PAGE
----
The remarkable actor does such an astounding job of embodying the aging, fussy and slightly fey German transvestite Charlotte Von Mahlsdorf that it feels like waking up from a spell when he suddenly transforms into a very masculine American journalist about a dozen minutes into the play.
But this is only the first of countless captivating moments as Wichmann goes on to portray 34 additional characters in order to tell the story of Von Mahlsdorf's complex and seemingly impossible life.
Born Lothar Berfelde in 1928, Von Mahlsdorf discovered her predilection for girls' clothes as a boy living in Berlin. It was her misfortune to live under two of the most repressive regimes in history, the Nazis and the Communists of East Germany, and yet somehow she survived, all the time pursuing an abiding love for antique furniture, clocks and phonographs. Her dramatic story includes a stint in a German youth prison, close calls with soldiers during the fall of Berlin and the clandestine support of the city's underground gay movement.
But how much of it is true? Playwright Doug Wright confronts this question by making himself a character in the show and portraying the creative crisis he faced when aspects of Charlotte's account seemed to conflict with the facts.
It's breathtaking to watch Wichmann switch between characters, each drawn with impeccable clarity. But Charlotte is his masterpiece. Speaking in a hypnotic singsongy lilt and armed with a knowing smile that is warm but also a bit sly, the actor makes Von Mahlsdorf empathetic, compelling and maddeningly elusive.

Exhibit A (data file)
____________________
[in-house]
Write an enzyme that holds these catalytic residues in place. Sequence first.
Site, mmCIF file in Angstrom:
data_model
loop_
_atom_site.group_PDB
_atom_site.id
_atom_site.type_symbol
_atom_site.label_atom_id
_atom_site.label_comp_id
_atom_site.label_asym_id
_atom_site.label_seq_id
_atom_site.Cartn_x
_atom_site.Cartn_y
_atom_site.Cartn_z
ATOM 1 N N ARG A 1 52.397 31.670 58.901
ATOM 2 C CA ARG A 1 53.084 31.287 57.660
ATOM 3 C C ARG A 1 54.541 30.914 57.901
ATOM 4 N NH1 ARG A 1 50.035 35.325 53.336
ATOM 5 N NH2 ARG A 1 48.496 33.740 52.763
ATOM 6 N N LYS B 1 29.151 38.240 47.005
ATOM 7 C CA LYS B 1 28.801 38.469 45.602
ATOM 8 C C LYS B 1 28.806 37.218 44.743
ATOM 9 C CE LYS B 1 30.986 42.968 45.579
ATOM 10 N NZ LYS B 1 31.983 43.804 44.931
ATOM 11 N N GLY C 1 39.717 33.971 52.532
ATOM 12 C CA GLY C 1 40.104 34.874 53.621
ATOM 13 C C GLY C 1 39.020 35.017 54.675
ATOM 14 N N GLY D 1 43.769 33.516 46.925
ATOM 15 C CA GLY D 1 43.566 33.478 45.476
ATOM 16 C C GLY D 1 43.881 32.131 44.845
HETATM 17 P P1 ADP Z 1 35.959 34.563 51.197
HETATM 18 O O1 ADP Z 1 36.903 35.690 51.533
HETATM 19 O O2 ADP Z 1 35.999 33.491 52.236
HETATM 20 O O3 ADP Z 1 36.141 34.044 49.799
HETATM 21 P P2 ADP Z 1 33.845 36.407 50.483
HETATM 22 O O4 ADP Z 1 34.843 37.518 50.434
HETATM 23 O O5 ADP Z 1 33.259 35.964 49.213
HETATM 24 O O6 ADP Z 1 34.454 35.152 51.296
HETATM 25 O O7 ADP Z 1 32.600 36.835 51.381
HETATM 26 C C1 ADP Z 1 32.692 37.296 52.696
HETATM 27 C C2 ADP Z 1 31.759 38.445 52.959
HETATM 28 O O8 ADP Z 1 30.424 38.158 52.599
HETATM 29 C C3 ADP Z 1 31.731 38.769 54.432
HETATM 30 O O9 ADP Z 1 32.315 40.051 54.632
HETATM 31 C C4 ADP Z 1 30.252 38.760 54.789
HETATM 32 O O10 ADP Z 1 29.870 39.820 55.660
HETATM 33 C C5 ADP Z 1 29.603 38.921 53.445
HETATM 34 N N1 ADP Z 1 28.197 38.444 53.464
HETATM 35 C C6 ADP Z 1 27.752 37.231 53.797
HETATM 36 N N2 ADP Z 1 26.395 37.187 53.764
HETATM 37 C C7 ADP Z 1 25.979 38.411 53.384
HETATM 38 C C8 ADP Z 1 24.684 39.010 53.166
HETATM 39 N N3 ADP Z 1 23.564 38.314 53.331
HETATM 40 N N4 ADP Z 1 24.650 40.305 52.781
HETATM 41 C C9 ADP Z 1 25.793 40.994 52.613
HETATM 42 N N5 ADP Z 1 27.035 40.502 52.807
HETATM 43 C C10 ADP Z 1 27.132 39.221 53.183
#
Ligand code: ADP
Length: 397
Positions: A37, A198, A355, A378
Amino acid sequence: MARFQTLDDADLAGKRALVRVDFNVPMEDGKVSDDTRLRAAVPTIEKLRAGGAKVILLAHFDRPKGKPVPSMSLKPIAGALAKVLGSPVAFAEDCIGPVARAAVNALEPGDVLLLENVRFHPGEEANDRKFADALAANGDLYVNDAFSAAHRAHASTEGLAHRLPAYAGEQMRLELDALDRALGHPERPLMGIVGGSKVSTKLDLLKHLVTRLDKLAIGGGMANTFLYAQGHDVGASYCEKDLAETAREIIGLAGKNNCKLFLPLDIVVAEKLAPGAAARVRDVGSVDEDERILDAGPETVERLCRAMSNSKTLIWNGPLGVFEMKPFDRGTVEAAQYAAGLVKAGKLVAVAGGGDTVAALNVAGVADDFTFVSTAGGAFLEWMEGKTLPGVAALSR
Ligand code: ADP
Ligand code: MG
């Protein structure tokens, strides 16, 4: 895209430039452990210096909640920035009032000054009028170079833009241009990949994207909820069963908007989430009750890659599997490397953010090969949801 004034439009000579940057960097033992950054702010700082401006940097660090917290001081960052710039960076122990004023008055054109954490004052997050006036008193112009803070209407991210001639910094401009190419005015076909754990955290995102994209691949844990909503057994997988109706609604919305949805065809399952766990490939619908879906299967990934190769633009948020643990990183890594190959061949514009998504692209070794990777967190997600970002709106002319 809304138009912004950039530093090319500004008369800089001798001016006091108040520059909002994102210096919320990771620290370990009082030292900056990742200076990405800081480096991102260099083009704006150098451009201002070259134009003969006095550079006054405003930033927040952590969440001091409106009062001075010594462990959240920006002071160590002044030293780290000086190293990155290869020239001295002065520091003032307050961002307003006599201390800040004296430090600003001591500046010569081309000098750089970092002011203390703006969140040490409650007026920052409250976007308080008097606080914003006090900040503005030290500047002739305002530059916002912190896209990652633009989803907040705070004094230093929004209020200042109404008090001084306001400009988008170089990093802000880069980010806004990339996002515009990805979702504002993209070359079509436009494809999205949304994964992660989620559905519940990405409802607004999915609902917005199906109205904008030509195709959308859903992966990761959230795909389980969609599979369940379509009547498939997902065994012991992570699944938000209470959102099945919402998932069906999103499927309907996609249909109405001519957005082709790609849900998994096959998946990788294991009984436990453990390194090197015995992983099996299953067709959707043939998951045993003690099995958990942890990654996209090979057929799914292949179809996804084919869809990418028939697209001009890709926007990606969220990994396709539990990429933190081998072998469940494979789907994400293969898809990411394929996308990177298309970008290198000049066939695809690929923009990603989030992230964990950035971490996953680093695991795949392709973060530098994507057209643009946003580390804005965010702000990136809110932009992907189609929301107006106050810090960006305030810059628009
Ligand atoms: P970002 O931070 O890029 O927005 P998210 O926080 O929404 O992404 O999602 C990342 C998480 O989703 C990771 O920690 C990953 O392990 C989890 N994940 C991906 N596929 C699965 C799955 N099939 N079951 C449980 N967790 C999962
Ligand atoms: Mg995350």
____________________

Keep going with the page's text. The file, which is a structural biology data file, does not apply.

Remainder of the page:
Director Morrie Piersol supports Wichmann with occasionally inspired blocking and key lighting and sound effects (the lighting design is by Michael Mauren; sound effects are by Ryan Corbett and Trey Pollard).
The show is not perfect. The "play about writing a play" conceit is a little too self-conscious and does not quite pay off in terms of dramatic tension.
Scenic design by Edwin Slipek Jr. (a senior contributing editor for Style) is dominated by the simple beauty of a few pieces of antique furniture, but they contrast jarringly with an indistinct, angular backdrop (a map of Berlin, perhaps?).
Fueled by Wichmann's bravura performance and capped off by one last treat as you walk out of the theater, this is a production that shouldn't be missed. S
"I Am My Own Wife" runs Thursday-Saturday nights at 8, with Sunday matinees at 4 p.m., through Oct. 7 at the Firehouse Theatre, 1609 W. Broad St. Tickets are $10-$20 and can be purchased by calling 355-2001.